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Danbury Probate and Estate Administration Law Blog

Every estate is unique

Every person residing in Connecticut is different. Individuals have different interests, talents and personal circumstances. Along with this, individuals also have different lifestyles. All of these differences are what make individuals special and unique from one another.

These differences also explain why there is no one-size-fits-all strategy when it comes to a person's estate planning decisions. With different property and other assets at stake, individuals should make sure that their estate plan matches their individual circumstances. If care is not taken to address these unique circumstances, an heir's inheritance can be drastically impacted by a strategy that does not properly handle the deceased person's situation.

When is legal action necessary against an executor?

It takes time and effort for Connecticut residents to properly plan an estate. Unfortunately, even the best-planned estates can run into trouble after a person's death if those individuals who are handling the estate fail to properly do their job.

Executors of wills, as well as trustees who administer a trust, have certain duties they must follow in administering the terms of a person's will or trust. For example, executors must distribute a person's assets according to the terms of the will, after paying bills and taxes and making sure everything is in order with the estate. Many of these items are encompassed within an executor's fiduciary duties, which are duties the person must perform in line with their role as executor.

What is a living will and why should I want one?

There is an aspect of estate planning that is growing in popularity in Connecticut and around the country. It's a part of estate planning called a "living will," and it's only useful to you when you're alive. This is contradictory to what people usually think about wills. Typically, wills are thought of as a plan for after a person's death.

Living wills are different because they carry out a person's wishes while they are still alive. Why would you need such a thing? Living wills are useful when a person becomes unable to express their healthcare wishes due to a medical condition. For example, if a person is in a coma after a car accident they cannot express their wish for a specific type of medical treatment versus the treatment the doctor may deem best for the patient.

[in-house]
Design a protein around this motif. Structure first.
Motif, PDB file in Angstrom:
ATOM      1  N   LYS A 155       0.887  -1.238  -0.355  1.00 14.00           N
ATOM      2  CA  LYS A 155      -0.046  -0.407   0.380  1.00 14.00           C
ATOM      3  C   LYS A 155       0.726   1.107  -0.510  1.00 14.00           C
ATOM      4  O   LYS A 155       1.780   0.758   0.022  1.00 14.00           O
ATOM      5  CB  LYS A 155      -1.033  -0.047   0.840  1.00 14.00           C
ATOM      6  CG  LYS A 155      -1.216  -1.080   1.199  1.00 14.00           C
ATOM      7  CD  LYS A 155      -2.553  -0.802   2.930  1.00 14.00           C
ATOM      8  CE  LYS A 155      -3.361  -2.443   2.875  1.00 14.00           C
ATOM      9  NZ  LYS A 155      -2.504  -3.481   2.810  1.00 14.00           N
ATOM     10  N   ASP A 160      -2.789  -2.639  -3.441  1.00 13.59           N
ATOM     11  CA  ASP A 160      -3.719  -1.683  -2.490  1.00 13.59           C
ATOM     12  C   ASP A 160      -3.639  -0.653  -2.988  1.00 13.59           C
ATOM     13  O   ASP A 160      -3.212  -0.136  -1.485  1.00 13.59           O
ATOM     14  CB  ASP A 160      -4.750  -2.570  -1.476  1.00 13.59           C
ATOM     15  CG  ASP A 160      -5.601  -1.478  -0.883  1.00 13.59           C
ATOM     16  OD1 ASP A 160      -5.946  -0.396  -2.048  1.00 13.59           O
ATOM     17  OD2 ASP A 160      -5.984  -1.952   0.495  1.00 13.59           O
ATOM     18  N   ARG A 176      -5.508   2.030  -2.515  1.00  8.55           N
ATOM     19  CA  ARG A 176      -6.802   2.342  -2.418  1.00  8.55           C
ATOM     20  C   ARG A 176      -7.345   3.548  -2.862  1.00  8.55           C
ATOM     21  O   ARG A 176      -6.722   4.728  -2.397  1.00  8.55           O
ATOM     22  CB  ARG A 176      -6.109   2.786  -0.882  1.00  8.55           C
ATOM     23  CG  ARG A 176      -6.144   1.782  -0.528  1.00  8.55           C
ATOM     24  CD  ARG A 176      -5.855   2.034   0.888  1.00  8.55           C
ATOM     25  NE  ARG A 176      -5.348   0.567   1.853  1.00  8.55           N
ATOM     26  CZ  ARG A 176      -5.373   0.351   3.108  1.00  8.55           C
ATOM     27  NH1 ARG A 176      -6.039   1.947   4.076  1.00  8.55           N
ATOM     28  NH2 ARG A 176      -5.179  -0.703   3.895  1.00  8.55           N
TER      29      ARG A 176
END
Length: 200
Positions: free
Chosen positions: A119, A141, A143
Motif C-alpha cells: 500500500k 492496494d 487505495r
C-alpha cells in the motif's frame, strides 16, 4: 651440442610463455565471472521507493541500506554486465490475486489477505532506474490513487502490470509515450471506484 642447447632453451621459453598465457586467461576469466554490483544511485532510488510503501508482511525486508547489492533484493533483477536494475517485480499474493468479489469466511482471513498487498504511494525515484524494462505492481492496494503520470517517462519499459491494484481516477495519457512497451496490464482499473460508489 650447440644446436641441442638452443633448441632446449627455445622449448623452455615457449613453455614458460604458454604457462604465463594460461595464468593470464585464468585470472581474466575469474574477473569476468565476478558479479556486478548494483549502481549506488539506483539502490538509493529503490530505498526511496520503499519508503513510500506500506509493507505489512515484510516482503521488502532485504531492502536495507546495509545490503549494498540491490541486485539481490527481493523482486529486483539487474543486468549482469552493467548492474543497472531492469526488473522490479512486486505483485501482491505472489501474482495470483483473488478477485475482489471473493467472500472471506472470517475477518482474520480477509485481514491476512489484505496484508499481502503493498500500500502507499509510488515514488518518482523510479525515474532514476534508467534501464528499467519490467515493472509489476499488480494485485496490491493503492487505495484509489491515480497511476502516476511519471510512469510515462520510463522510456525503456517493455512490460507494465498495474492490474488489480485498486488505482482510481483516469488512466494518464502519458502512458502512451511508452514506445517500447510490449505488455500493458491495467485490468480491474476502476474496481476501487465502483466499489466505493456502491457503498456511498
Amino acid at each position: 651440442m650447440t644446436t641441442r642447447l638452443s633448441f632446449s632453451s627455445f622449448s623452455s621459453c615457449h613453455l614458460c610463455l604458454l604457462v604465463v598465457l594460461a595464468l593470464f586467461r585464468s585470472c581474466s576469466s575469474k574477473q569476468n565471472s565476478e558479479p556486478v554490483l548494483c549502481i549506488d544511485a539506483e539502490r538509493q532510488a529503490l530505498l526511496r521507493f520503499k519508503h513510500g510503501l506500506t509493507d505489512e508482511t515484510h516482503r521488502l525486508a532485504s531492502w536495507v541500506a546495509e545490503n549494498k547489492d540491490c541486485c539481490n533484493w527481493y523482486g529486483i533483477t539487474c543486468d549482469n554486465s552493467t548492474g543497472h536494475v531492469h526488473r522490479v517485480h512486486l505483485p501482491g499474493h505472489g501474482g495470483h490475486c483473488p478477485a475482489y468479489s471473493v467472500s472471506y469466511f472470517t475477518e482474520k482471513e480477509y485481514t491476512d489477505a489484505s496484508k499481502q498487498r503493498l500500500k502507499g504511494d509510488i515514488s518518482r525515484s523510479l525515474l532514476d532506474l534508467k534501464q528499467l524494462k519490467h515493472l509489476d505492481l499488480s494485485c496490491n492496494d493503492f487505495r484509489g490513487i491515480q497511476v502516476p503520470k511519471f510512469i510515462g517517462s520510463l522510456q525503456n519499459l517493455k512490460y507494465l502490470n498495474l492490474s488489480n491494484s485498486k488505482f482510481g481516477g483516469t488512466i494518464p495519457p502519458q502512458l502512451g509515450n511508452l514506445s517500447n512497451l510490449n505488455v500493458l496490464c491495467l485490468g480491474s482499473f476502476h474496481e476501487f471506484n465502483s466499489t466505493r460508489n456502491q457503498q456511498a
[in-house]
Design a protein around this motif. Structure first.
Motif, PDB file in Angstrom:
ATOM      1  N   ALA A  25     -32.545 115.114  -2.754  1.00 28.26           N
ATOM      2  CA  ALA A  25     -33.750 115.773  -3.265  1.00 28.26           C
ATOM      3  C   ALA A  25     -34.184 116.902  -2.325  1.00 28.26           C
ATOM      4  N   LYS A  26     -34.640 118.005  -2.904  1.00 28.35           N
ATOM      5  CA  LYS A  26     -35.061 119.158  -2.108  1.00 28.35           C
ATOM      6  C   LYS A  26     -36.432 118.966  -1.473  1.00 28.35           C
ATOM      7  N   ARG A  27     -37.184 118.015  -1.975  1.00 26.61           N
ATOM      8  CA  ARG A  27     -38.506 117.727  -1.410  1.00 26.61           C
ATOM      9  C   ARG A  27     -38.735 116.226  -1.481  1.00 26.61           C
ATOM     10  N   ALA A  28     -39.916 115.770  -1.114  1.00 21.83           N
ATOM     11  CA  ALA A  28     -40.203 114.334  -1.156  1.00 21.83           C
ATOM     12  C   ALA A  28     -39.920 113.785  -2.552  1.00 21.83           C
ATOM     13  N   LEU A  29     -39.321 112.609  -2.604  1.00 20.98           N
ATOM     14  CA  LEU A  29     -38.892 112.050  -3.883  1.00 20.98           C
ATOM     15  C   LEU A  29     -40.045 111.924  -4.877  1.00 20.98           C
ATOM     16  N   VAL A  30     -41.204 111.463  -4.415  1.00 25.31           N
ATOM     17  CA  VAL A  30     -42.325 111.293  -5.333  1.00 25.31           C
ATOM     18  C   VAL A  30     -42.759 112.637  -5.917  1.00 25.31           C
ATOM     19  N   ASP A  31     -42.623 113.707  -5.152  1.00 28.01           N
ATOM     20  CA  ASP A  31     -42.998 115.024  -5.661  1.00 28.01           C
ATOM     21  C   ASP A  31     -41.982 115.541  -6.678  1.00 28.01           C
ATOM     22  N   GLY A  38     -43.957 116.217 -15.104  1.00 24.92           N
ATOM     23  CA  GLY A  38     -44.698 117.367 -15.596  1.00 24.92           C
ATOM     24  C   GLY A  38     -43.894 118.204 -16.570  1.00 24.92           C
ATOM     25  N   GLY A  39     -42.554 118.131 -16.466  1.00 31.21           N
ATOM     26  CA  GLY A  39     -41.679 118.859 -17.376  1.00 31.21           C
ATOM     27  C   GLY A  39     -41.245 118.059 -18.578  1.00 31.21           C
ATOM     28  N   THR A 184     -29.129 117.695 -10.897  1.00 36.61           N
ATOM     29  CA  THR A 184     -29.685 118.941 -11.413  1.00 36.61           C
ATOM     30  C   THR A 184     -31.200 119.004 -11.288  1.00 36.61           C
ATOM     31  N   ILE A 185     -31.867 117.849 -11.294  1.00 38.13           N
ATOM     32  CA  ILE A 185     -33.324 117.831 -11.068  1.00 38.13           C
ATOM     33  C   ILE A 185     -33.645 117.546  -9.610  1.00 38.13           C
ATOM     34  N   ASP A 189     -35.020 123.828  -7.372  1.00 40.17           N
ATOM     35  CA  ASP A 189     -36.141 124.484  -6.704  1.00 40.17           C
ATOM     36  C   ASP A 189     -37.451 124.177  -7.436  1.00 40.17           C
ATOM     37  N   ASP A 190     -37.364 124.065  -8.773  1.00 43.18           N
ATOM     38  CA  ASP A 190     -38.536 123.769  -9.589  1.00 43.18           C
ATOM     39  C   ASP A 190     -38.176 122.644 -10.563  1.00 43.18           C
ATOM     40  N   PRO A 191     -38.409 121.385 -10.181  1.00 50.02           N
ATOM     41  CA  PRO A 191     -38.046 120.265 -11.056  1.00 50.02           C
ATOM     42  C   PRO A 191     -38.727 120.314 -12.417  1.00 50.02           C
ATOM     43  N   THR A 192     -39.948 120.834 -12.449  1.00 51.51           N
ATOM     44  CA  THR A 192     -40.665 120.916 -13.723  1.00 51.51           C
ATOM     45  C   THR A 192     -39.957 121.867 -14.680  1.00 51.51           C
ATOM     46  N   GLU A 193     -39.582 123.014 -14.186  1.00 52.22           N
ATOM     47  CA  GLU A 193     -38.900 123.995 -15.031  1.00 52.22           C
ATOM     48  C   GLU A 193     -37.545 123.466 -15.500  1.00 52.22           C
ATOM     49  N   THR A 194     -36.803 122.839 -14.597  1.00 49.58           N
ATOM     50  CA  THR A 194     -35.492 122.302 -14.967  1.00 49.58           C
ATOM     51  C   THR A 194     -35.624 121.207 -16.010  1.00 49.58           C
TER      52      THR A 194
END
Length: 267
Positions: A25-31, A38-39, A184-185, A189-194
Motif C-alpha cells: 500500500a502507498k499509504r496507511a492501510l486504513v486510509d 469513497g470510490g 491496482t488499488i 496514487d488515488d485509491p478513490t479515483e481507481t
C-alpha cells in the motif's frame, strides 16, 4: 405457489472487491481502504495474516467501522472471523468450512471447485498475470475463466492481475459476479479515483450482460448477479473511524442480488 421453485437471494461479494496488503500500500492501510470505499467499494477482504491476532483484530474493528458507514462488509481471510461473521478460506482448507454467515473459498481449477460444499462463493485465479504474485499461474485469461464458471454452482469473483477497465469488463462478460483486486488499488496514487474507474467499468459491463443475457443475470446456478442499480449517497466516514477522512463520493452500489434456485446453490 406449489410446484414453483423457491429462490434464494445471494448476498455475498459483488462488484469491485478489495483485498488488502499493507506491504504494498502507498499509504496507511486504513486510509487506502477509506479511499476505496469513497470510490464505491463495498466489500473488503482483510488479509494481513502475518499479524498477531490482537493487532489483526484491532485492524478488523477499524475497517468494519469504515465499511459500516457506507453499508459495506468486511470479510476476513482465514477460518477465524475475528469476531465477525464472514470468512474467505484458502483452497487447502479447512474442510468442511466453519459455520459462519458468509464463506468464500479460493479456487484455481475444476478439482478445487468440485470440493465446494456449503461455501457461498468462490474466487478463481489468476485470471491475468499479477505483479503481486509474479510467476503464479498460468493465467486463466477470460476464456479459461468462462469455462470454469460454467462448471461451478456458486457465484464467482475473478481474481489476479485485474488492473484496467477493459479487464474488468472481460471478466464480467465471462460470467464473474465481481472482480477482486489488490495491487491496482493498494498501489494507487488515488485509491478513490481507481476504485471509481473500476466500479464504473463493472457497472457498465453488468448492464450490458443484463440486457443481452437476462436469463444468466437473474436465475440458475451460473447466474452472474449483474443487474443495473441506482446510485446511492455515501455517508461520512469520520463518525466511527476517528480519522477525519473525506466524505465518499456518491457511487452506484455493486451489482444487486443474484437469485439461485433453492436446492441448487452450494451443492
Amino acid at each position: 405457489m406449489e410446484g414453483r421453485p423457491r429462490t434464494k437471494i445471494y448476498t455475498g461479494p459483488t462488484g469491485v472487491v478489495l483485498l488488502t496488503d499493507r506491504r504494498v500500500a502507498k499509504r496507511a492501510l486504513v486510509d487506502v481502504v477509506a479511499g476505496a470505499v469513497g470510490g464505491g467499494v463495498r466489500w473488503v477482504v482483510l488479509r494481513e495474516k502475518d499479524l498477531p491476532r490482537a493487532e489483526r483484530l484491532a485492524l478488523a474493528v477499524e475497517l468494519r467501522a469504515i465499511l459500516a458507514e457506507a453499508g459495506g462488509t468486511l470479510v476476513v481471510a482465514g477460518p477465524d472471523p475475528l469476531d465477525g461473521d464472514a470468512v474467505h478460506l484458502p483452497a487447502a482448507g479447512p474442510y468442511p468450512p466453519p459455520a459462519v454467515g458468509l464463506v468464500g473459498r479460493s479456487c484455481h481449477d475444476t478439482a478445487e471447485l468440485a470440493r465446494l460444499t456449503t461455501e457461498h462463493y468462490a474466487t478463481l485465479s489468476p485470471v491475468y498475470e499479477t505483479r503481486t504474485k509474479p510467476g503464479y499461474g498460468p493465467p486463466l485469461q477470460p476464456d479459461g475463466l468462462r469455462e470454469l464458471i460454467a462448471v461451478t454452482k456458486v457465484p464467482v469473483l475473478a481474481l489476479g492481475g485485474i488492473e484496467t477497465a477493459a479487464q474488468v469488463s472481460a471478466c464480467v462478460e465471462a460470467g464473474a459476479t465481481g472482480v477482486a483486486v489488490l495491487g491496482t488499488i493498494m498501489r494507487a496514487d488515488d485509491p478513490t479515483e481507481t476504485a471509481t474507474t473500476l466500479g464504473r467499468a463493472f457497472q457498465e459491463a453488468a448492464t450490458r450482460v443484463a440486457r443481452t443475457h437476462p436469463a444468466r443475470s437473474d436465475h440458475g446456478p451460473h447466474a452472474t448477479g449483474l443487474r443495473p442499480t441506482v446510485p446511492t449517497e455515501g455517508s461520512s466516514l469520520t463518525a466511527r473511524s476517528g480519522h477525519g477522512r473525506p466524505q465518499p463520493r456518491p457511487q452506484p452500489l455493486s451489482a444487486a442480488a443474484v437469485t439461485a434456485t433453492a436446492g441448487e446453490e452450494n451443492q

What do Connecticut courts consider when appointing a guardian?

It takes time and care to make an important decision. In exercising this care, Connecticut residents may consider a variety of different factors en route to making important decisions in their lives, as there is not often one simple answer to a difficult issue.

Courts in Connecticut typically operate in the same deliberative fashion. One such area in which care must be taken is in the appointment of a guardian for a minor. Courts consider a variety of factors in making such an important decision. These factors are set by statute, and therefore the Legislature has directed courts as to the factors to consider in appointing a guardian.

How do I draft a will in Connecticut?

Many Connecticut residents pride themselves on being able to accomplish difficult tasks on their own. From home improvement projects to financial matters, individuals are often satisfied when they can save money and teach themselves new things.

When it comes to drafting estate planning documents, however, individuals should be cautious in proceeding by themselves. While wills do not necessarily have to be lengthy documents full of legal language, they do have to comply with certain formalities in order to actually be recognized upon a person's death. If the formalities are not complied with, the person is taking a risk that the will might not be enforced by a court, in which case the whole point of drafting the will in the first place would become a nullity.